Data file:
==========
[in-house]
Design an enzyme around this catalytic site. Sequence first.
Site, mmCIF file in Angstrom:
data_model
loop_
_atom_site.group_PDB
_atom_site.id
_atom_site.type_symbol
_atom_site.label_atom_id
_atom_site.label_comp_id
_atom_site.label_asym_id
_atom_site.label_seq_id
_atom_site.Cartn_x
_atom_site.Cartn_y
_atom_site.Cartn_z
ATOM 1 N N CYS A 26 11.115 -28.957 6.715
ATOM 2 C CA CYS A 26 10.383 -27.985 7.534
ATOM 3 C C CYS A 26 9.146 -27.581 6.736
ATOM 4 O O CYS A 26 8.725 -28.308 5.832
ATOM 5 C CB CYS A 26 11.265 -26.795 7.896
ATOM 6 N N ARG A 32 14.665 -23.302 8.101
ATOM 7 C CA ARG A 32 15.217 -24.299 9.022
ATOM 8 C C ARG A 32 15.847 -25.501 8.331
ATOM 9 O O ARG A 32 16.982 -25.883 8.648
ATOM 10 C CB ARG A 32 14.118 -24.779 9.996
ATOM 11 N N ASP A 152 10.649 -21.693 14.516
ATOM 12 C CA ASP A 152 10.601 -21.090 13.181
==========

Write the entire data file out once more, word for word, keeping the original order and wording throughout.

[in-house]
Design an enzyme around this catalytic site. Sequence first.
Site, mmCIF file in Angstrom:
data_model
loop_
_atom_site.group_PDB
_atom_site.id
_atom_site.type_symbol
_atom_site.label_atom_id
_atom_site.label_comp_id
_atom_site.label_asym_id
_atom_site.label_seq_id
_atom_site.Cartn_x
_atom_site.Cartn_y
_atom_site.Cartn_z
ATOM 1 N N CYS A 26 11.115 -28.957 6.715
ATOM 2 C CA CYS A 26 10.383 -27.985 7.534
ATOM 3 C C CYS A 26 9.146 -27.581 6.736
ATOM 4 O O CYS A 26 8.725 -28.308 5.832
ATOM 5 C CB CYS A 26 11.265 -26.795 7.896
ATOM 6 N N ARG A 32 14.665 -23.302 8.101
ATOM 7 C CA ARG A 32 15.217 -24.299 9.022
ATOM 8 C C ARG A 32 15.847 -25.501 8.331
ATOM 9 O O ARG A 32 16.982 -25.883 8.648
ATOM 10 C CB ARG A 32 14.118 -24.779 9.996
ATOM 11 N N ASP A 152 10.649 -21.693 14.516
ATOM 12 C CA ASP A 152 10.601 -21.090 13.181